Here is Rohan’s Journey
Making of a story is a story in itself. And Blades of Glory is no exception. Rohan Pate, a cricketer, worshipper of the game, and most importantly a humble man, has slogged out for over 18 months to make this dream museum a reality. Here is the story of making of the Blades of Glory, in Rohan’s own words:
To be honest with you, I had never imagined that I would start a cricket museum one day. Even the thought of doing something like this had never crossed my mind till two years ago. It all probably changed after one particular instance though. I met Sachin Tendulkar during the 2010 Indian Premier League, and got a signed bat from him. Till then, I was collecting autographs, most of them in a diary. At that time, we were in process of signing Sachin as our brand ambassador for Amit Enterprises Housing Limited. During those days, I went to Sachin’s manager’s office, where he had a bats signed by many top-notch cricketers.
That’s where the idea of museum clicked me for the first time. I felt, "What am I doing collecting autographs in a diary? I should aim for something much more bigger and exclusive."
And so, the journey began. I took autographs of a lot of players on bats during the 2011 IPL. Then, the theme of the World Cup winning teams came to my mind,so I went to Sri Lanka when they were playing a series against Australia, and got autographs of almost all the members of their World Cup-winning team of 1996 on a bat. Pakistan’s World champion team of 1992 was also on my radar. I went to Dubai, when they were hosting England, for that. (Former Pakistan batsman) Ijaz Ahmed helped me a lot to find and get the autographs of the Pakistani players.
Australia was the biggest target, of course, with that country having won the World Cup four times. During India’s recent tour to Australia, I went over there for a fortnight, and managed to collect 47 autographs. It was quite an experience. There were a lot of logistical hassles, since Australia is a vast nation and tracing former cricketers is not so easy.
One day, I found out that Simon O’Donnell, Australia’s most economical bowler in the 1987 World Cup, was at his farm house, which was about 300km away from Sydney. I took a cab, went to that place, got the autograph, and came back the same day. Similarly, Peter Taylor, Australia’stwo-times World Cupper, including theirvictorious campaign in 1987, was farming in his hometown when he asked me to come over. It was the smallest airport I have seen in my all life. It was great for Taylor to come over at the airport and give me his autograph.
My day in Australia used to start at 4 am, and very often used to end at 1am the next morning. That included getting up early for flights, travelling from airport to totally unknown and unheard of places to find a player.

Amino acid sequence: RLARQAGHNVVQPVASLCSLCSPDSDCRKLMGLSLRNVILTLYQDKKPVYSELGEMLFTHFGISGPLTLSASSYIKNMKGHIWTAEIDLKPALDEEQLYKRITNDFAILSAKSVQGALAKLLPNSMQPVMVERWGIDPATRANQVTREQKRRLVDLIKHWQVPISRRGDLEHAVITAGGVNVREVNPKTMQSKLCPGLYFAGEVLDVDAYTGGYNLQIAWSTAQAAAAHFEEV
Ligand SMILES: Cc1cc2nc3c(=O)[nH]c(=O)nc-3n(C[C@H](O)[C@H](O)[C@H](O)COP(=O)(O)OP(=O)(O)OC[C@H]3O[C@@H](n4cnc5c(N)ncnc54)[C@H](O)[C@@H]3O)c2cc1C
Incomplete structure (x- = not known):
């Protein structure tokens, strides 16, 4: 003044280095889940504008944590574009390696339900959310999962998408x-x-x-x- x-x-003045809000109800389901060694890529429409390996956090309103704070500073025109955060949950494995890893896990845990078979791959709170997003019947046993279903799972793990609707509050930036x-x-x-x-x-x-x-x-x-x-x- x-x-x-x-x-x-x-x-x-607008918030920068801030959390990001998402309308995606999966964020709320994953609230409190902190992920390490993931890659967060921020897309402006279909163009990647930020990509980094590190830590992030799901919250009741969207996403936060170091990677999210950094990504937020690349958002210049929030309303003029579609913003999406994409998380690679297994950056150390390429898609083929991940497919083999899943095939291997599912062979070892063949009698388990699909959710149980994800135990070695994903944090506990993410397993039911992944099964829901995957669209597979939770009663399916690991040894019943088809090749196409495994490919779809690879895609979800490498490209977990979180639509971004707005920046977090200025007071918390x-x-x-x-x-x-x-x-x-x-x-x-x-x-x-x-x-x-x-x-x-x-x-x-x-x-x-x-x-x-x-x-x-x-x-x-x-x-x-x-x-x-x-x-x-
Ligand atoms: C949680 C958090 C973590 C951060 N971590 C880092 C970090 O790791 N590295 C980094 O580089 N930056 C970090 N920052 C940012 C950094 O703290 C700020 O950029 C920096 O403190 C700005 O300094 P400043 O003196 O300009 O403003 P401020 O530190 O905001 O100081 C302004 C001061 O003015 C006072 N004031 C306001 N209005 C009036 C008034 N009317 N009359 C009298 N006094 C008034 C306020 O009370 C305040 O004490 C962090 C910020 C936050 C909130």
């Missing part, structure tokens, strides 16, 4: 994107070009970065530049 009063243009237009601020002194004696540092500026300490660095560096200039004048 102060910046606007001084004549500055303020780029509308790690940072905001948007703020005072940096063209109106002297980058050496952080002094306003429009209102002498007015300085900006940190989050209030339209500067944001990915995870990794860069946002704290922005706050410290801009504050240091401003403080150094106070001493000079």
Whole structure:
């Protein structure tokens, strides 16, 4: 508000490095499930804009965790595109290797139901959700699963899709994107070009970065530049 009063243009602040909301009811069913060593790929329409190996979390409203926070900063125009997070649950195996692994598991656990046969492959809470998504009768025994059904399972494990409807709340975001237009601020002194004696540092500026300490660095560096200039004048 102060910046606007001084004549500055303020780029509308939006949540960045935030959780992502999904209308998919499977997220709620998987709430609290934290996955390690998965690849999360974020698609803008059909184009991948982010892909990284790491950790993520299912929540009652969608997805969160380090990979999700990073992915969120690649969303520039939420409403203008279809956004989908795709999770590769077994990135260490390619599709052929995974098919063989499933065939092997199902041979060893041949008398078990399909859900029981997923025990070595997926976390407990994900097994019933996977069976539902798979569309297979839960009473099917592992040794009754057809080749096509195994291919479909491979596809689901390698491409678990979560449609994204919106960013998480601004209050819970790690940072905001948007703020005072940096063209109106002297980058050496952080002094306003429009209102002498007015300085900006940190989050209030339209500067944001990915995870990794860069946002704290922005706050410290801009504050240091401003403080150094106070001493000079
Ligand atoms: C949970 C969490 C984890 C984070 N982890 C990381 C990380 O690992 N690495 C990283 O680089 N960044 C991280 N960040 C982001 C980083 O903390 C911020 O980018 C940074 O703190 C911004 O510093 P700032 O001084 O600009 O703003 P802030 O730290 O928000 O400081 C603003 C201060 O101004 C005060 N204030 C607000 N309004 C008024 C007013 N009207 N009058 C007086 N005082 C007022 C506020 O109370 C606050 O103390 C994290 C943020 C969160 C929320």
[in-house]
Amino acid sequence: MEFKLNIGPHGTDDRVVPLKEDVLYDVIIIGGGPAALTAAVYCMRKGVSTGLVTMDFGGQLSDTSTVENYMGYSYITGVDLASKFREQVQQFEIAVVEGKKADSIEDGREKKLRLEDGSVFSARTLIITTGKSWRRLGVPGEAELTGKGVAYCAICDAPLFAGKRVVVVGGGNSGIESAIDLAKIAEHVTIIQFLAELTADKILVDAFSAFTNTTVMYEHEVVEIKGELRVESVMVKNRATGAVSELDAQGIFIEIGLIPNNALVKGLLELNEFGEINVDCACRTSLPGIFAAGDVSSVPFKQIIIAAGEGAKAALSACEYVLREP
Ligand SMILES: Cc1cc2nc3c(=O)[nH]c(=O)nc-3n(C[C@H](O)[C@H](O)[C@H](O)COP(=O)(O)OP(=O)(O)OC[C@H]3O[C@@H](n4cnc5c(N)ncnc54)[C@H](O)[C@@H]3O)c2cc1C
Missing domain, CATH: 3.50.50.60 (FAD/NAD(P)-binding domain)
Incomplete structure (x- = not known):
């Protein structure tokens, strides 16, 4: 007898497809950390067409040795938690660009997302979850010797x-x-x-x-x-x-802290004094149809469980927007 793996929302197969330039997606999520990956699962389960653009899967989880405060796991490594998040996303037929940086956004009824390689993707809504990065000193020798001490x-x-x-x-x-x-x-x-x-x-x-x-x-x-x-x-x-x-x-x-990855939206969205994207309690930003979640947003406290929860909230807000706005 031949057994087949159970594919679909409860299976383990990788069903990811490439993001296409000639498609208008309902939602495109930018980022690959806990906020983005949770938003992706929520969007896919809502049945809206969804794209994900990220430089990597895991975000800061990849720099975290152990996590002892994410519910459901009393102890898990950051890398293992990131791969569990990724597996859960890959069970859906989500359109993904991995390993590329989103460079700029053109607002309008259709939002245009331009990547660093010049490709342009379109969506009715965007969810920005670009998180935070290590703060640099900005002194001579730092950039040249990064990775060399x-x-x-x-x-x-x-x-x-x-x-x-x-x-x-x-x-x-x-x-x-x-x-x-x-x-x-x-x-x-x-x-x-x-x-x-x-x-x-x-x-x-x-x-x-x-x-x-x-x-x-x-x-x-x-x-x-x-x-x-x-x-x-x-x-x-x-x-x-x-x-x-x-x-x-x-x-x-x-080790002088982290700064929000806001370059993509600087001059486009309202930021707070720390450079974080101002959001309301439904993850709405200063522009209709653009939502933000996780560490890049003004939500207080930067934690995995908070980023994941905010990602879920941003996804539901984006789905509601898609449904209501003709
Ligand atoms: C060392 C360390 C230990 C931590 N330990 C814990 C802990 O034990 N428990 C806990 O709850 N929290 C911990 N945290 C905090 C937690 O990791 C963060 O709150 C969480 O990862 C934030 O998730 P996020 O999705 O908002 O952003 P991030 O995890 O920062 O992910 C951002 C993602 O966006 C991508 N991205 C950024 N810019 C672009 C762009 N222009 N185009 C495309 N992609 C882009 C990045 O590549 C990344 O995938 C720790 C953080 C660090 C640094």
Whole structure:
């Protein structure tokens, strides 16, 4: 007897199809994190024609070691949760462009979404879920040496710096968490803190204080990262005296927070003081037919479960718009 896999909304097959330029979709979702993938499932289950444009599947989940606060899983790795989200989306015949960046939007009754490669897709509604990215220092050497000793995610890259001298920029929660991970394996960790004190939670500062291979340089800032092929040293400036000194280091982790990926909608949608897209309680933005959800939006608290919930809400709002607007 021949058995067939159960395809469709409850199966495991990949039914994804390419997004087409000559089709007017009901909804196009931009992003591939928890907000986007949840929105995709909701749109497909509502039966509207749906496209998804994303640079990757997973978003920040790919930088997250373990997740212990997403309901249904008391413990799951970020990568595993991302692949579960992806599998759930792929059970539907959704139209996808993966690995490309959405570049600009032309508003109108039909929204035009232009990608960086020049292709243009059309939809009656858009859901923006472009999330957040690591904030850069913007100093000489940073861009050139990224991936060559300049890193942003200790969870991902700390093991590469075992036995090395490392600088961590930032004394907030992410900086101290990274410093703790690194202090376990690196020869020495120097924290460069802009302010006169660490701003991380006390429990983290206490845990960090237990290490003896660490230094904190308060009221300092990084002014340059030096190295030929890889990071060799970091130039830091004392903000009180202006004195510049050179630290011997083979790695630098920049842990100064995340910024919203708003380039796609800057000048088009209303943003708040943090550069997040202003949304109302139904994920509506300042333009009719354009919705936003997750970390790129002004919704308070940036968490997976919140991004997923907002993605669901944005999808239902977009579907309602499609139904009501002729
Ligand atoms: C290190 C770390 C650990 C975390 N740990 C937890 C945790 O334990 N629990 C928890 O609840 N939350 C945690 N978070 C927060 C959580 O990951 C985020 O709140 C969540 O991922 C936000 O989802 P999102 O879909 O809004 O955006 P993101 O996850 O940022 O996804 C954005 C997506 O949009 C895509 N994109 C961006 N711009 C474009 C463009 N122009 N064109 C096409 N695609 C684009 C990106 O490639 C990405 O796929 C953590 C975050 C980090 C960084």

Being a vegetarian, roaming around Australia was quite a challenge, to put it mildly. There have been times when I have had just a burger and a fruit for an entire day. But then, no complaints, as I was getting what I wanted – autographs and memorabilia from some of the greatest cricketers ever.
I went to England during India’s tour in 2011, and got a wonderful response from the English players. Players like Matt Prior, for example, were so nice that they used to call me saying, “We are staying at this hotel. Give me a bat in the morning, and take back the autographed bat in the evening.” I could never imagine that it would be so smooth.
West Indies is perhaps the only place that I didn’t need to go, and I just can’t thank Desmond Haynes for that. Everybody knows what a great opening batsman he was. And he is an even better person. He has helped me getting the autographs of a number of West Indian legends, just out of friendship.
When Sachin Tendulkar realised how serious I am about this museum, he gave me a lot of his exclusive stuff, from pads to gloves to arm-guards, on his own, without me even asking for it.
I have collected plenty of stuff in this year and half, and I have had good, and at times, bad experiences. I have been asked why I am collecting all this stuff; and how many more times am I going to ask that kind of stuff; I have been made to wait for days, just to get one autograph, but, I feel, all that has been more than its worth, when I look at this beautiful museum.
I would also like to stress that having been a cricketer myself, this museum is an attempt on my part to pay tribute to the game of cricket, especially Indian cricket. Not only has the sport given all of us a lot of moments to cherish, it has been instrumental in uniting a nation that is so diverse. And I couldn’t think of a fitting tribute than to create one-of-its kind, perhaps the first privately-owned museum of cricket memorabilia in India.
This dream would have remained unfulfilled without the helping hand of a lot of personnel. Though it would be impossible to jot down all the individuals, I cannot help but mention some of them. Prominent cricketers Kapil Dev,Desmond Haynes, Dilhara Fernando, Ijaz Ahmed were so helpful not just in giving me their own memorabilia but also putting me on to other sportspersons. Similarly, I would be obliged to Sunandan Lele and Tushar Joshi for their constant support. I would also like to thank Ahmed and Pooja for giving the perfect look to the interiors of the museum. Last but not the least, I would like to thank each and every member of my family, all of whom have always encouraged my passion for cricket.
And just for the record, this is just a beginning, and there are innumerable more items still to come to this museum, and that’s a promise.